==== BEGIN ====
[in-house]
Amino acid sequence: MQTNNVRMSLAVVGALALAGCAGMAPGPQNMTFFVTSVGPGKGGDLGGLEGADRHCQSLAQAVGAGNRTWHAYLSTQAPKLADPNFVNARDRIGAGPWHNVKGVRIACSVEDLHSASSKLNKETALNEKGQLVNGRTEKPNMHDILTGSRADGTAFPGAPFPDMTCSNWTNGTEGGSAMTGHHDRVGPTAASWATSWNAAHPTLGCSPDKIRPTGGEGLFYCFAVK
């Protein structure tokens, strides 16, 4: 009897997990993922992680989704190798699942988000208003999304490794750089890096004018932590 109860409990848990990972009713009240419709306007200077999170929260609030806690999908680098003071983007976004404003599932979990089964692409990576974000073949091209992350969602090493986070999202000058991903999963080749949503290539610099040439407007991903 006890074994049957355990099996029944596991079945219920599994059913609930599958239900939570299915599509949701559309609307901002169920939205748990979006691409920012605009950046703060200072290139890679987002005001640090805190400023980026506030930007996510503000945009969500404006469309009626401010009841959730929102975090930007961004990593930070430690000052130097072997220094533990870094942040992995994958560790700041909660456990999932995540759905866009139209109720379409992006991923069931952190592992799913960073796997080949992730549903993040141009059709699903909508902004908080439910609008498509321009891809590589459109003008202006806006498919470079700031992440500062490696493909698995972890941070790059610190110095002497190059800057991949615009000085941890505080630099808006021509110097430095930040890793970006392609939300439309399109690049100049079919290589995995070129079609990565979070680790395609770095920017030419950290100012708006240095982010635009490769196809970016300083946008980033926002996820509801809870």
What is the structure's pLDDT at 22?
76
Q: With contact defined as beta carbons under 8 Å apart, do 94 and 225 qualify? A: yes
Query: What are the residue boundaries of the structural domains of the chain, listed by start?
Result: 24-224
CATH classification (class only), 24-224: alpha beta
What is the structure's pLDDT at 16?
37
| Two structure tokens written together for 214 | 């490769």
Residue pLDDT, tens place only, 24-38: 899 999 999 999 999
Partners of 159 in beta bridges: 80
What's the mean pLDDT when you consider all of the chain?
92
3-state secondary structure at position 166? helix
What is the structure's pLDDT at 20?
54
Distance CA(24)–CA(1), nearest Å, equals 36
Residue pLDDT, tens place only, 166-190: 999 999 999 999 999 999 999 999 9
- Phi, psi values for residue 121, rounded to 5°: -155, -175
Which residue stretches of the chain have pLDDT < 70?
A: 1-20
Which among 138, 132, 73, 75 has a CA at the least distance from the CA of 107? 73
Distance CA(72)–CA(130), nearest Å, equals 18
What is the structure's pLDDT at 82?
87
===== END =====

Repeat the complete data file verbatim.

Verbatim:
[in-house]
Amino acid sequence: MQTNNVRMSLAVVGALALAGCAGMAPGPQNMTFFVTSVGPGKGGDLGGLEGADRHCQSLAQAVGAGNRTWHAYLSTQAPKLADPNFVNARDRIGAGPWHNVKGVRIACSVEDLHSASSKLNKETALNEKGQLVNGRTEKPNMHDILTGSRADGTAFPGAPFPDMTCSNWTNGTEGGSAMTGHHDRVGPTAASWATSWNAAHPTLGCSPDKIRPTGGEGLFYCFAVK
């Protein structure tokens, strides 16, 4: 009897997990993922992680989704190798699942988000208003999304490794750089890096004018932590 109860409990848990990972009713009240419709306007200077999170929260609030806690999908680098003071983007976004404003599932979990089964692409990576974000073949091209992350969602090493986070999202000058991903999963080749949503290539610099040439407007991903 006890074994049957355990099996029944596991079945219920599994059913609930599958239900939570299915599509949701559309609307901002169920939205748990979006691409920012605009950046703060200072290139890679987002005001640090805190400023980026506030930007996510503000945009969500404006469309009626401010009841959730929102975090930007961004990593930070430690000052130097072997220094533990870094942040992995994958560790700041909660456990999932995540759905866009139209109720379409992006991923069931952190592992799913960073796997080949992730549903993040141009059709699903909508902004908080439910609008498509321009891809590589459109003008202006806006498919470079700031992440500062490696493909698995972890941070790059610190110095002497190059800057991949615009000085941890505080630099808006021509110097430095930040890793970006392609939300439309399109690049100049079919290589995995070129079609990565979070680790395609770095920017030419950290100012708006240095982010635009490769196809970016300083946008980033926002996820509801809870």
What is the structure's pLDDT at 22?
76
Q: With contact defined as beta carbons under 8 Å apart, do 94 and 225 qualify? A: yes
Query: What are the residue boundaries of the structural domains of the chain, listed by start?
Result: 24-224
CATH classification (class only), 24-224: alpha beta
What is the structure's pLDDT at 16?
37
| Two structure tokens written together for 214 | 């490769």
Residue pLDDT, tens place only, 24-38: 899 999 999 999 999
Partners of 159 in beta bridges: 80
What's the mean pLDDT when you consider all of the chain?
92
3-state secondary structure at position 166? helix
What is the structure's pLDDT at 20?
54
Distance CA(24)–CA(1), nearest Å, equals 36
Residue pLDDT, tens place only, 166-190: 999 999 999 999 999 999 999 999 9
- Phi, psi values for residue 121, rounded to 5°: -155, -175
Which residue stretches of the chain have pLDDT < 70?
A: 1-20
Which among 138, 132, 73, 75 has a CA at the least distance from the CA of 107? 73
Distance CA(72)–CA(130), nearest Å, equals 18
What is the structure's pLDDT at 82?
87